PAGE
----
A lot or a little?
The parents' guide to what's in this game.
What parents need to know
Parents need to know that Learn Math is a math-themed educational game that provides a broad spectrum of math challenges for kids between the ages of six and ten. The majority of activities are in the style of those found in workbooks and focus on basic skills including arithmetic, geometry, and time. Older kids will have no problem understanding what to do, but younger ones will need the help of parents to discern what is required of them in certain activities.
What's it about?
LEARN MATH provides mathematical activities suitable for ages six through ten, or grades one through four. Kids will practice how to add and subtract, multiply and divide, count money and tell time, work with shapes, solve word problems, and carry out mathematical operations in their heads. Just pick a grade and a topic and a little green-skinned, vampire-like creature named Freddy will lead you through problem after problem. After completing enough activities in a given grade, a mini-game with a vague mathematical theme will be unlocked, such as an activity that involves pushing boxes around geometric rooms to indicated spaces.
Is it any good?
Based solely on pedagogical value, Learn Math scores well. It is in many ways just an interactive workbook, providing good practice in the sorts of math problems that kids typically encounter in the classroom. Kids will perform basic arithmetic, solve word problems, and learn tricks to perform quick calculations in their heads. It’s not comprehensive, but kids who spend significant time with the game will likely come away with their arithmetic skills at least slightly polished.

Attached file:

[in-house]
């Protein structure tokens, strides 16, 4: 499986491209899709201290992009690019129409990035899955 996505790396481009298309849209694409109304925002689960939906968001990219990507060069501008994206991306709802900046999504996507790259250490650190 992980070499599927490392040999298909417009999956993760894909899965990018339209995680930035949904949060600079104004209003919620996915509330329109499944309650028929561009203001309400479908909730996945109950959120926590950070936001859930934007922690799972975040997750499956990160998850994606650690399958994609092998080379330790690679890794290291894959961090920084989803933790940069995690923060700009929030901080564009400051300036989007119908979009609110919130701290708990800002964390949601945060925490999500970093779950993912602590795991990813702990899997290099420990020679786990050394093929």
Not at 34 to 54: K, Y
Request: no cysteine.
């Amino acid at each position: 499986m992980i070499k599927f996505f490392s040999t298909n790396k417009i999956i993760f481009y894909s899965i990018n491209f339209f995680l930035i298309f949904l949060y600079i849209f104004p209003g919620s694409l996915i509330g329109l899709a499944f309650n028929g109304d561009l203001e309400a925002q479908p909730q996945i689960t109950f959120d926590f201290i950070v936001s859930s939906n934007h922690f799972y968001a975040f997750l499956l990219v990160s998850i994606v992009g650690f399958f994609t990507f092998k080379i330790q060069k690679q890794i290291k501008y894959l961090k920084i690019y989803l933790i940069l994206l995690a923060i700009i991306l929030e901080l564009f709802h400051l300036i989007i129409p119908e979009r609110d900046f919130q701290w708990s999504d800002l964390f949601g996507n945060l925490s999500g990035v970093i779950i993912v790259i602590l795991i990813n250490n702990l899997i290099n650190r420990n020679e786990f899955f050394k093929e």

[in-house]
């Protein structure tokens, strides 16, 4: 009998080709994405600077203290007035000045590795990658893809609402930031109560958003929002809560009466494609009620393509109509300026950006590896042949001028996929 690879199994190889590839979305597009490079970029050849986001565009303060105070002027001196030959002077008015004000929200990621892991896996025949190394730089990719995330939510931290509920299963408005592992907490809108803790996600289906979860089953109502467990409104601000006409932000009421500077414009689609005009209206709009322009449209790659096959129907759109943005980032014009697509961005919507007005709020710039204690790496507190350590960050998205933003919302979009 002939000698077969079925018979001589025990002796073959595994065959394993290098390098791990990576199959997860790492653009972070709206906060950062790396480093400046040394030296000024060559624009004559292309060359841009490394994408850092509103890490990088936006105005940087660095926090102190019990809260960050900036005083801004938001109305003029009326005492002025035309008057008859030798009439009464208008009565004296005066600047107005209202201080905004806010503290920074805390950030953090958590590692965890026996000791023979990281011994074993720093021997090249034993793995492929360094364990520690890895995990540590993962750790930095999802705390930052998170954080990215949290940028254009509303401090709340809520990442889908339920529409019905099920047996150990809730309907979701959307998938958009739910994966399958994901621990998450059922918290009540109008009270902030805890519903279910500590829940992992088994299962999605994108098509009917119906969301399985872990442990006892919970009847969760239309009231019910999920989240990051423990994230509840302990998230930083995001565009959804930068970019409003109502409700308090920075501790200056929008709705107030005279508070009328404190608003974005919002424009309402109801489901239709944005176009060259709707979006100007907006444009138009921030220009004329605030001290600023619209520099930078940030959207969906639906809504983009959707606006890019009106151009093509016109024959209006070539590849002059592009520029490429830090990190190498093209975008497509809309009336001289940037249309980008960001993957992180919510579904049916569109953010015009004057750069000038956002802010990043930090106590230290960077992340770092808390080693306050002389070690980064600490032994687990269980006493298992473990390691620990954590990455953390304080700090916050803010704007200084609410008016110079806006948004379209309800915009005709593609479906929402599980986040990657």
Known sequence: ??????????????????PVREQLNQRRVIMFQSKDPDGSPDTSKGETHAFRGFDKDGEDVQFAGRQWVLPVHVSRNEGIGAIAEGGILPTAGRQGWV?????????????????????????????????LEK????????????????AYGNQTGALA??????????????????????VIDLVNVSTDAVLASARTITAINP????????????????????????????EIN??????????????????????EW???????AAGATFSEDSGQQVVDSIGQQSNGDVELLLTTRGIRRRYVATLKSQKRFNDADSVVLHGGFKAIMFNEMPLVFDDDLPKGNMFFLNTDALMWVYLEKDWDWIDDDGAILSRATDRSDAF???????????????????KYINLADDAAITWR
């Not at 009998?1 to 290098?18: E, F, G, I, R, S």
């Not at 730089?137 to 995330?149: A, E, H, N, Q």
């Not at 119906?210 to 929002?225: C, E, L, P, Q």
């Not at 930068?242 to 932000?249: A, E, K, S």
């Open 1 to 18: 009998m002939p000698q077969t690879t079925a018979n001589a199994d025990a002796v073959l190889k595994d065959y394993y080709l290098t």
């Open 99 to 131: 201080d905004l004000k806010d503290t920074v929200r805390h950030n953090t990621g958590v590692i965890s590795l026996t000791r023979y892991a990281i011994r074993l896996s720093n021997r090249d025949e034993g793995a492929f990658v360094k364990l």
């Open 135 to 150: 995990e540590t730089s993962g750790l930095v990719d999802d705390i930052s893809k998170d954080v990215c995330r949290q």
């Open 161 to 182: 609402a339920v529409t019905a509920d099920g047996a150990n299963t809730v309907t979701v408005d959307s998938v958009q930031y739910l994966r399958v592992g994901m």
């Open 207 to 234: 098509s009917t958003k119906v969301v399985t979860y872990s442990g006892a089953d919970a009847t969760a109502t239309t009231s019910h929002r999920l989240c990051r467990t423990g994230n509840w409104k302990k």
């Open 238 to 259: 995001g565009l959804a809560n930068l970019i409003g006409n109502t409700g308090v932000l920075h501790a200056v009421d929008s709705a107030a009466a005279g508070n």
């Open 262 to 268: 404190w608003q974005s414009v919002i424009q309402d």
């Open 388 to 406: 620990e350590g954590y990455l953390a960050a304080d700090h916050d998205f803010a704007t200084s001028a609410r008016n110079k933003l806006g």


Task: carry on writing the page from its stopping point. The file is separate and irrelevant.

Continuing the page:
It’s just a shame that it all feels so dry. Many sections of the game feel no more exciting than working through sheets of problems handed out by a teacher. There’s a little game at the end of each grade -- including a match-three puzzler and an Arkanoid clone -- but these are too simple to serve as real rewards. Plus some of the problems -- not to mention the instructions for certain activities -- are poorly worded and overly difficult to understand. Kids will learn, but whether they’ll have any more fun than they do at school is debatable.
Talk to your kids about ...
Families can talk about the importance of math in our daily lives as well as in specific professions. At what times do we all need to be able to count, add, and subtract quickly and accurately? Which sort of jobs demand more advanced mathematical skills?
Discuss different ways of performing mathematical calculations, such as longhand and mental arithmetic. Are you comfortable carrying out calculations in your mind? Do you know any tricks to make specific mental calculations quicker and more reliable?
Do you like practicing math by playing math games?
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